United	
  States	
  ],	
  530	
  
U.S.	
  [428,]	
  434-­‐435[,	
  147	
  L.Ed.2d	
  405,	
  120	
  S.Ct.	
  2326	
  (2001)	
  ];	
  Miranda,	
  384	
  U.S.,	
  at	
  
467.	
  To	
  protect	
  against	
  this	
  danger,	
  the	
  Miranda	
  rule	
  creates	
  a	
  presumption	
  of	
  
coercion,	
  in	
  the	
  absence	
  of	
  specific	
  warnings,	
  that	
  is	
  generally	
  irrebuttable	
  for	
  
purposes	
  of	
  the	
  prosecution's	
  case	
  in	
  chief.	
  
	
  
“But	
  because	
  these	
  prophylactic	
  rules	
  (including	
  the	
  Miranda	
  rule)	
  necessarily	
  
sweep	
  beyond	
  the	
  actual	
  protections	
  of	
  the	
  Self-­‐Incrimination	
  Clause,	
  see,	
  e.g.,	
  
Withrow,	
  supra,	
  at	
  690-­‐691;	
  Elstad,	
  supra,	
  at	
  306,	
  any	
  further	
  extension	
  of	
  these	
  
rules	
  must	
  be	
  justified	
  by	
  its	
  necessity	
  for	
  the	
  protection	
  of	
  the	
  actual	
  right	
  against	
  
compelled	
  self-­‐incrimination,	
  Chavez,	
  supra,	
  at	
  778	
  (SOUTER,	
  J.,	
  concurring	
  in	
  
judgment)	
  (requiring	
  a	
  ‘	
  “powerful	
  showing”	
  ‘	
  before	
  ‘expand[ing]	
  ...	
  the	
  privilege	
  
against	
  compelled	
  self-­‐incrimination’).	
  Indeed,	
  at	
  times	
  the	
  Court	
  has	
  declined	
  to	
  
extend	
  Miranda	
  even	
  where	
  it	
  has	
  perceived	
  a	
  need	
  to	
  protect	
  the	
  privilege	
  against	
  
self-­‐incrimination.	
  See,	
  e.g.,	
  Quarles,	
  supra,	
  at	
  657	
  (concluding	
  ‘that	
  the	
  need	
  for	
  
answers	
  to	
  questions	
  in	
  a	
  situation	
  posing	
  a	
  threat	
  to	
  the	
  public	
  safety	
  outweighs	
  
the	
  need	
  for	
  the	
  prophylactic	
  rule	
  protecting	
  the	
  Fifth	
  Amendment's	
  privilege	
  
against	
  self-­‐incrimination’).	
  
	
  

*10	
  “It	
  is	
  for	
  these	
  reasons	
  that	
  statements	
  taken	
  without	
  Miranda	
  warnings	
  
(though	
  not	
  actually	
  compelled)	
  can	
  be	
  used	
  to	
  impeach	
  a	
  defendant's	
  testimony	
  at	
  
trial,	
  see	
  Elstad,	
  supra,	
  at	
  307-­‐308;	
  Harris	
  v.	
  New	
  York,	
  401	
  U.S.	
  222[,	
  28	
  L.Ed.2d	
  1,	
  
91	
  S.Ct.	
  643]	
  (1971),	
  though	
  the	
  fruits	
  of	
  actually	
  compelled	
  testimony	
  cannot,	
  see	
  
New	
  Jersey	
  v.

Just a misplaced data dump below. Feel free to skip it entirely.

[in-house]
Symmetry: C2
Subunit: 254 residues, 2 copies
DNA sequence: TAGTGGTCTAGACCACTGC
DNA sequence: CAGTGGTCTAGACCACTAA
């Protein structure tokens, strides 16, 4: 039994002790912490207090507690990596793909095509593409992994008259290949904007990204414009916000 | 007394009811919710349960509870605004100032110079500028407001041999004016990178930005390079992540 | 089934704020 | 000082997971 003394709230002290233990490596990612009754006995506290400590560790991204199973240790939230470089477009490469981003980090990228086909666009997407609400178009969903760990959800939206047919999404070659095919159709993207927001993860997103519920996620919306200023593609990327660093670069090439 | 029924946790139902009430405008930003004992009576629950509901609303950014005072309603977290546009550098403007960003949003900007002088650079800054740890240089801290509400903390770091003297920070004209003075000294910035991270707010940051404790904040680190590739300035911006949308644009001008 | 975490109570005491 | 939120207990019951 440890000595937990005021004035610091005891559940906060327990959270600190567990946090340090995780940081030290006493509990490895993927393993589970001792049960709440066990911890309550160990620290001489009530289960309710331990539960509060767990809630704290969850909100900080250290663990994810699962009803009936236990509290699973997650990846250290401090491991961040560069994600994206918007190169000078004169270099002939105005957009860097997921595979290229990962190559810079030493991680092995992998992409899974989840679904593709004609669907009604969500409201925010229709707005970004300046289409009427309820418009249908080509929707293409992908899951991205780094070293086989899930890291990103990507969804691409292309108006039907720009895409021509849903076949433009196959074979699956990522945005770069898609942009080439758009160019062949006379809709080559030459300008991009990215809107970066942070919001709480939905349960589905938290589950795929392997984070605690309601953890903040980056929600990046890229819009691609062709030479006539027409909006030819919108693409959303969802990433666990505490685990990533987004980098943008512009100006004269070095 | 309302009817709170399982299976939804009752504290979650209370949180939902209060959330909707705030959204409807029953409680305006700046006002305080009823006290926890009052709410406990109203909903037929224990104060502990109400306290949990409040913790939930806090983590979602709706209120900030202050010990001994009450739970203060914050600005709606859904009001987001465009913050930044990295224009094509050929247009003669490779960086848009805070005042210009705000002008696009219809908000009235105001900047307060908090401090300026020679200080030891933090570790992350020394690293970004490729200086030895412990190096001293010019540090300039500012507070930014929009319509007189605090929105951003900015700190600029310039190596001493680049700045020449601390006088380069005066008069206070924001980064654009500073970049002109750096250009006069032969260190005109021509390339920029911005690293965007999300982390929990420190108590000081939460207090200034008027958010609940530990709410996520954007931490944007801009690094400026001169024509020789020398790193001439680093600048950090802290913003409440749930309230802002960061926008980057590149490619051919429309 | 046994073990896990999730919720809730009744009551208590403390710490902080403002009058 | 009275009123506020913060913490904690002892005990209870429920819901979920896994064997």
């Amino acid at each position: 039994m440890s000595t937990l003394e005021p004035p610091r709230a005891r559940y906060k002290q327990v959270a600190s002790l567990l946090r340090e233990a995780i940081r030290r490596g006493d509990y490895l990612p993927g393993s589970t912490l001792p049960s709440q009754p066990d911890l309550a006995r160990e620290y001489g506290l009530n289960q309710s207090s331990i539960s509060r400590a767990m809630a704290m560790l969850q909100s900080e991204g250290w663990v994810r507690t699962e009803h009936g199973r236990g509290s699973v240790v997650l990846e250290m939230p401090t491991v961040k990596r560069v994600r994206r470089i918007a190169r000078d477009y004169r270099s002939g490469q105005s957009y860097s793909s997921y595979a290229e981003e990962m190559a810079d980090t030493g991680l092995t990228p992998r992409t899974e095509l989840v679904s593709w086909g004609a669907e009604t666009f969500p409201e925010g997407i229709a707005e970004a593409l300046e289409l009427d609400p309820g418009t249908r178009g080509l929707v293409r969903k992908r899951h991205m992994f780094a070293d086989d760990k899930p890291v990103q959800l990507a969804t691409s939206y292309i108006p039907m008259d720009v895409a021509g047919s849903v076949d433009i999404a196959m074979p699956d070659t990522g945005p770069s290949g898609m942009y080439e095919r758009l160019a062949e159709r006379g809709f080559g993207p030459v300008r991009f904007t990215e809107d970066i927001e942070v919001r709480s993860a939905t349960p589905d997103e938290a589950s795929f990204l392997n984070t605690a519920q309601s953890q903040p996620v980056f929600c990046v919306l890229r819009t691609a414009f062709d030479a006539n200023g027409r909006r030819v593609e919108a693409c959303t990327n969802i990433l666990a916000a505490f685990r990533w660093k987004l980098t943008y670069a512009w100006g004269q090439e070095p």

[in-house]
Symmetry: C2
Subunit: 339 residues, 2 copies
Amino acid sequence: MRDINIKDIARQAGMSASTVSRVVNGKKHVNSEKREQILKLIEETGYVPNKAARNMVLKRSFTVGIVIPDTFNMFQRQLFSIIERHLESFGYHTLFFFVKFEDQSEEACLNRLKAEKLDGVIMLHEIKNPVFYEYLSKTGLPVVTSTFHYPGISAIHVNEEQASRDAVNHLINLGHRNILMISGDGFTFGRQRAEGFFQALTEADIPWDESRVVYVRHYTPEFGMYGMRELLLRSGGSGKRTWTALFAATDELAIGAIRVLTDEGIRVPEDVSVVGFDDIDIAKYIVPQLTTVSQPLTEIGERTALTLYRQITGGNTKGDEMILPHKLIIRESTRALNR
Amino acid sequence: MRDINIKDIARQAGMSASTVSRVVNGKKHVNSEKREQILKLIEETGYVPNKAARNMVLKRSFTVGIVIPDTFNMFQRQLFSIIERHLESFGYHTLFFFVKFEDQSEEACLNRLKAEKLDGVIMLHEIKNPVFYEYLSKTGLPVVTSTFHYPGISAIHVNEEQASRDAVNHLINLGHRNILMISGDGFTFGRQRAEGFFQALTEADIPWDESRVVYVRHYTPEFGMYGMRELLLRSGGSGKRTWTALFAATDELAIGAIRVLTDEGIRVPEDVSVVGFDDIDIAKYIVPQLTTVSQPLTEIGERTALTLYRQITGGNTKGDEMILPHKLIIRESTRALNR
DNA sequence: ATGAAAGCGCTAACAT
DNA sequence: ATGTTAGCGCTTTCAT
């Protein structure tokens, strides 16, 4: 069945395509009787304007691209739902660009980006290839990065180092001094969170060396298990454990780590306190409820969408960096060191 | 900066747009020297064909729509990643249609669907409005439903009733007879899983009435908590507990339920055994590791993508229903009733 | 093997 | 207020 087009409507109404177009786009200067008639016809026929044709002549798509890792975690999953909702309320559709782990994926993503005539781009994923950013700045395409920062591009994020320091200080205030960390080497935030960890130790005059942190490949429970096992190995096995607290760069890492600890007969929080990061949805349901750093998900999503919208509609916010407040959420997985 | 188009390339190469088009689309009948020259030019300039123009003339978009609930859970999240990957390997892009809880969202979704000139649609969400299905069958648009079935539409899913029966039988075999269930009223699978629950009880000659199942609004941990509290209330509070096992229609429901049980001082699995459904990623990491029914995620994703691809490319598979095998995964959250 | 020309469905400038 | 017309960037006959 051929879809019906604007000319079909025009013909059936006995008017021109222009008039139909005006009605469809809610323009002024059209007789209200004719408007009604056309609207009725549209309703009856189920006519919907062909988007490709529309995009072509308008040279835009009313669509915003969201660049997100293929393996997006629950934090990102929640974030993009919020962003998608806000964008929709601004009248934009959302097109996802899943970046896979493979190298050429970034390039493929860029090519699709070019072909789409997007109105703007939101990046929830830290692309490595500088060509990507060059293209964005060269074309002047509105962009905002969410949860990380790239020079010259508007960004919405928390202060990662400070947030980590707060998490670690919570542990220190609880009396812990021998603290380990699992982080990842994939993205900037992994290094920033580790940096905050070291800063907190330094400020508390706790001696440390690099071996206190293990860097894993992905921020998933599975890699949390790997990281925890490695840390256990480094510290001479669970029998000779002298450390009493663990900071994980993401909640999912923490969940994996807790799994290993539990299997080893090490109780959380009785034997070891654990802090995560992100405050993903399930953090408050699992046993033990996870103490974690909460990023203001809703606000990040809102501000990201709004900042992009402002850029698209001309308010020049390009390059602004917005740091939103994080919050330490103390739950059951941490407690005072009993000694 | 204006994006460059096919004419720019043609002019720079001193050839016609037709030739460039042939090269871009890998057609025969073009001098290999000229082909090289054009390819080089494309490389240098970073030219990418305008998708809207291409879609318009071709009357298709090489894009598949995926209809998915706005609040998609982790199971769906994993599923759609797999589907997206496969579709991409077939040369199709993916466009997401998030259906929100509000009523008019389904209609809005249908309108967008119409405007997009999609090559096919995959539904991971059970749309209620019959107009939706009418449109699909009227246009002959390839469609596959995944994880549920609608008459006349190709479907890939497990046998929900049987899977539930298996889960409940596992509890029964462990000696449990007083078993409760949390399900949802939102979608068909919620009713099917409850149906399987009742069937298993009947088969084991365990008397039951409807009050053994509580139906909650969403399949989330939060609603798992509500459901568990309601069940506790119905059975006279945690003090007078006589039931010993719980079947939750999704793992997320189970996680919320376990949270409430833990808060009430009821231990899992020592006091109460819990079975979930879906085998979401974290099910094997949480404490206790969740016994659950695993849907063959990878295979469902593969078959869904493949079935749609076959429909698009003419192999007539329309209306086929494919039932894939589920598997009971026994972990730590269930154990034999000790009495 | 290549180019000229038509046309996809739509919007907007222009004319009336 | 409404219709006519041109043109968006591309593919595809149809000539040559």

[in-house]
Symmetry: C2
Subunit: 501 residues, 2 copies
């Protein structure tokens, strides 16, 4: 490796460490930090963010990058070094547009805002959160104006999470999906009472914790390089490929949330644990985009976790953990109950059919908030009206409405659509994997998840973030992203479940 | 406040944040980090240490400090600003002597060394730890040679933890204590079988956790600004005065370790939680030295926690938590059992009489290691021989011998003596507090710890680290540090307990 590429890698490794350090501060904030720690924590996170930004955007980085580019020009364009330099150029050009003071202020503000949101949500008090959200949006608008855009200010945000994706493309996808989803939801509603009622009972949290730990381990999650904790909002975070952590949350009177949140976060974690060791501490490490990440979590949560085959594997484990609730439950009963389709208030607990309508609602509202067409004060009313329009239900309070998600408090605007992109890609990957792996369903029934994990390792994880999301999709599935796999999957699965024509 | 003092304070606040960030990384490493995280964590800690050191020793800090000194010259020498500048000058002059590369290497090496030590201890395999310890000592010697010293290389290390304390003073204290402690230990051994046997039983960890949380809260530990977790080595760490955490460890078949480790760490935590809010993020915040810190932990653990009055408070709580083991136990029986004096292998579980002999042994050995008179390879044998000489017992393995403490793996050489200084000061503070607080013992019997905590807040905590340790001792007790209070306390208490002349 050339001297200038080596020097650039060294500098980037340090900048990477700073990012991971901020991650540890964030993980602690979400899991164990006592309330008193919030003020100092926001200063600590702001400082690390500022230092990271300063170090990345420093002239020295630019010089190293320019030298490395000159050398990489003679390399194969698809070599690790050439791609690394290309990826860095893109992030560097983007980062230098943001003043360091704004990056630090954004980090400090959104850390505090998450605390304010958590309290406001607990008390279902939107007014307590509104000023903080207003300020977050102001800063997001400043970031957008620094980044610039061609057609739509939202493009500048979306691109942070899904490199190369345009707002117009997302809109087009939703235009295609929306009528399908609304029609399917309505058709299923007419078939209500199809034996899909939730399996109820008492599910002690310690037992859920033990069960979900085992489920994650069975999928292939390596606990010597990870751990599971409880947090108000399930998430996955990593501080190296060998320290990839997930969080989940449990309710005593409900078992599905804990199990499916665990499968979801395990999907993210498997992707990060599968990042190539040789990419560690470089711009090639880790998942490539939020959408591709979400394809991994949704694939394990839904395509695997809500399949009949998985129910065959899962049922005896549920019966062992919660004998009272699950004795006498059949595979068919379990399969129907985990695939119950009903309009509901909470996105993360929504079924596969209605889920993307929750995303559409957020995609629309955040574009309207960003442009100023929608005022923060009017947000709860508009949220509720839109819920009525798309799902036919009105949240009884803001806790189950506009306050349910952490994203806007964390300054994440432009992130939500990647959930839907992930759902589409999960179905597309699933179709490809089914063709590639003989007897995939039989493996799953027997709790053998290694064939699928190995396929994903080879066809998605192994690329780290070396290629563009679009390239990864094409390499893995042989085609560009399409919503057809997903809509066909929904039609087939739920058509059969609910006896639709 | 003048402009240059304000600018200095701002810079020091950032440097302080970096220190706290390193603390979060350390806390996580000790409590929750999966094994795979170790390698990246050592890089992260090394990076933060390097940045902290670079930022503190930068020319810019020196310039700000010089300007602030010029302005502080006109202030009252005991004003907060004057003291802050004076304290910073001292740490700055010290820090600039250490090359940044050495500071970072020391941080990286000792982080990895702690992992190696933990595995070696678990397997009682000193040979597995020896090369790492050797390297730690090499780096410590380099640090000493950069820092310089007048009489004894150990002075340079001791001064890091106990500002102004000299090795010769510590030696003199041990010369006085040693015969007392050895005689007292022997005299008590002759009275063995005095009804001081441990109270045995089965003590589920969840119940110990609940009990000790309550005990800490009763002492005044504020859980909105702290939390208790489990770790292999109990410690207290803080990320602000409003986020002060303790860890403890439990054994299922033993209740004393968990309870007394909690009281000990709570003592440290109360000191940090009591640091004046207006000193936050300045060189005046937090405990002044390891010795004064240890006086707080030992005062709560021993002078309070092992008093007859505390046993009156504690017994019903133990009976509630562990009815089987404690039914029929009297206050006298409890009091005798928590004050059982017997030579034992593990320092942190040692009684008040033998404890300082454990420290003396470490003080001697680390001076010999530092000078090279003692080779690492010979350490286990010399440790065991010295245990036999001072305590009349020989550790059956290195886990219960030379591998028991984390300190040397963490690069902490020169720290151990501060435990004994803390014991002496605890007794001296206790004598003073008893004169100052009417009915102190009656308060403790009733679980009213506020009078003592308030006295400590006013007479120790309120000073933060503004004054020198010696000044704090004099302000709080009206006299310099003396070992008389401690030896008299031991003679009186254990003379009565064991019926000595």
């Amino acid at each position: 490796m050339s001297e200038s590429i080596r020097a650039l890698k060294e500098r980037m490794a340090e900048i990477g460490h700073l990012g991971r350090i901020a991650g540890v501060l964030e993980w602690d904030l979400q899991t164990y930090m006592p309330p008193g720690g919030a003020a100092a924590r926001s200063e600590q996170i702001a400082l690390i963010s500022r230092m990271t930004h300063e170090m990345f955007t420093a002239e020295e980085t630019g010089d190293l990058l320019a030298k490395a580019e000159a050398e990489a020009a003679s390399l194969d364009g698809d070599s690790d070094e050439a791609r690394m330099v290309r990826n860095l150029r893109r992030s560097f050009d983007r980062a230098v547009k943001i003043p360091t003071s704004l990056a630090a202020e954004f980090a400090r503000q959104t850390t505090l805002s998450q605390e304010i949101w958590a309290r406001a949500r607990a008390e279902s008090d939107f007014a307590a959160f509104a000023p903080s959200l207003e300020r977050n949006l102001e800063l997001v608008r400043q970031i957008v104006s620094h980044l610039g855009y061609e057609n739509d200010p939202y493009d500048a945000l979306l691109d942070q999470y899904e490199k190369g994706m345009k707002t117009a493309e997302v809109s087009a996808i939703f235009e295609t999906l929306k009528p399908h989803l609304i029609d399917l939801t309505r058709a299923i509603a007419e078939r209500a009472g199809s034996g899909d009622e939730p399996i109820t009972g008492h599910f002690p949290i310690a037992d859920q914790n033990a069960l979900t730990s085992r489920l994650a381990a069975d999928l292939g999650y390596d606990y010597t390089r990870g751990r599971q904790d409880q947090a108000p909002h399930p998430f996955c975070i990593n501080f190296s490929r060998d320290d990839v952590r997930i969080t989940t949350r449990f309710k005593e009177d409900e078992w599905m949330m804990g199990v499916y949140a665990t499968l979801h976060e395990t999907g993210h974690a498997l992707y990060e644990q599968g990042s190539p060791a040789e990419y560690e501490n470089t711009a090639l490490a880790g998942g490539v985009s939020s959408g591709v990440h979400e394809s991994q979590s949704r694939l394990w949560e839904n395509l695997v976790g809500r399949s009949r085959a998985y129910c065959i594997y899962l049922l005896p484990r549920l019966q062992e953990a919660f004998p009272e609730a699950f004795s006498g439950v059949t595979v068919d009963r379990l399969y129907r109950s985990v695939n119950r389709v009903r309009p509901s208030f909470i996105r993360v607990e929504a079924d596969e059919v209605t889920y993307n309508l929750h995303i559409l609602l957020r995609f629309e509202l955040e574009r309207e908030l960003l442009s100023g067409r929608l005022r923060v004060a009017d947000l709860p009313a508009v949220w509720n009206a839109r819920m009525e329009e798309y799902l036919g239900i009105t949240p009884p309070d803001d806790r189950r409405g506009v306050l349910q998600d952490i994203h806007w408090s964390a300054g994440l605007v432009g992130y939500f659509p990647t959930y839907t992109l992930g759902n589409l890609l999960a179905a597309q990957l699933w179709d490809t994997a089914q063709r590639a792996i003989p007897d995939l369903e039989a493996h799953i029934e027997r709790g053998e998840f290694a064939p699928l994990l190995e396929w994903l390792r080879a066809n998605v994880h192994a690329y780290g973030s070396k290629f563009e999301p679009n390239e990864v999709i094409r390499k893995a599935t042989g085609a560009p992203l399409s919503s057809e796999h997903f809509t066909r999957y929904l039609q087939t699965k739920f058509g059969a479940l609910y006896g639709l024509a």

Portash,	
  440	
  U.S.	
  450,	
  458-­‐459[,	
  59	
  L.Ed.2d	
  501,	
  99	
  S.Ct.	
  1292]	
  
(1979).	
  More	
  generally,	
  the	
  Miranda	
  rule	
  ‘does	
  not	
  require	
  that	
  the	
  statements	
  
[taken	
  without	
  complying	
  with	
  the	
  rule]	
  and	
  their	
  fruits	
  be	
  discarded	
  as	
  inherently	
  
tainted,’	
  Elstad,	
  470	
  U.S.,	
  at	
  307.	
  Such	
  a	
  blanket	
  suppression	
  rule	
  could	
  not	
  be	
  
justified	
  by	
  reference	
  to	
  the	
  ‘Fifth	
  Amendment	
  goal	
  of	
  assuring	
  trustworthy	
  
evidence’	
  or	
  by	
  any	
  deterrence	
  rationale,	
  id.,	
  at	
  308;	
  see	
  Tucker,	
  supra,	
  at	
  446-­‐449;	
  
Harris,	
  supra,	
  at	
  225-­‐226,	
  and	
  n.	
  2,	
  and	
  would	
  therefore	
  fail	
  our	
  close-­‐fit	
  
requirement.	
  

	
  
“Furthermore,	
  the	
  Self-­‐Incrimination	
  Clause	
  contains	
  its	
  own	
  exclusionary	
  rule.	
  It	
  
provides	
  that	
  ‘[n]o	
  person	
  ...	
  shall	
  be	
  compelled	
  in	
  any	
  criminal	
  case	
  to	
  be	
  a	
  witness	
  
against	
  himself.’	
  Amdt.	
  5.	
  Unlike	
  the	
  Fourth	
  Amendment's	
  bar	
  on	
  unreasonable	
  
searches,	
  the	
  Self-­‐Incrimination	
  Clause	
  is	
  self-­‐executing.	
  We	
  have	
  repeatedly	
  
explained	
  ‘that	
  those	
  subjected	
  to	
  coercive	
  police	
  interrogations	
  have	
  an	
  automatic	
  
protection	
  from	
  the	
  use	
  of	
  their	
  involuntary	
  statements	
  (or	
  evidence	
  derived	
  from	
  
their	
  statements)	
  in	
  any	
  subsequent	
  criminal	
  trial.’	
  Chavez,	
  538	
  U.S.,	
  at	
  769	
  
(plurality	
  opinion)	
  (citing,	
  for	
  example,	
  Elstad,	
  supra,	
  at	
  307-­‐308).	
  This	
  explicit	
  
textual	
  protection	
  supports	
  a	
  strong	
  presumption	
  against	
  expanding	
  the	
  Miranda	
  
rule	
  any	
  further.	
  Cf.	
  Graham	
  v.	
  Connor,	
  490	
  U.S.	
  386[,	
  104	
  L.Ed.2d	
  443,	
  109	
  S.Ct.	
  
1865]	
  (1989).	
  
	
  
“Finally,	
  nothing	
  in	
  Dickerson,	
  including	
  its	
  characterization	
  of	
  Miranda	
  as	
  
announcing	
  a	
  constitutional	
  rule,	
  530	
  U.S.,	
  at	
  444,	
  changes	
  any	
  of	
  these	
  observations.	
  
Indeed,	
  in	
  Dickerson,	
  the	
  Court	
  specifically	
  noted	
  that	
  the	
  Court's	
  ‘subsequent	
  cases	
  
have	
  reduced	
  the	
  impact	
  of	
  the	
  Miranda	
  rule	
  on	
  legitimate	
  law	
  enforcement	
  while	
  
reaffirming	
  [Miranda]'s	
  core	
  ruling	
  that	
  unwarned	
  statements	
  may	
  not	
  be	
  used	
  as	
  
evidence	
  in	
  the	
  prosecution's	
  case	
  in	
  chief.’	
  Id.,	
  at	
  443-­‐444.	
  This	
  description	
  of	
  
Miranda,	
  especially	
  the	
  emphasis	
  on	
  the	
  use	
  of	
  ‘unwarned	
  statements	
  ...	
  in	
  the	
  
prosecution's	
  case	
  in	
  chief,’	
  makes	
  clear	
  our	
  continued	
  focus	
  on	
  the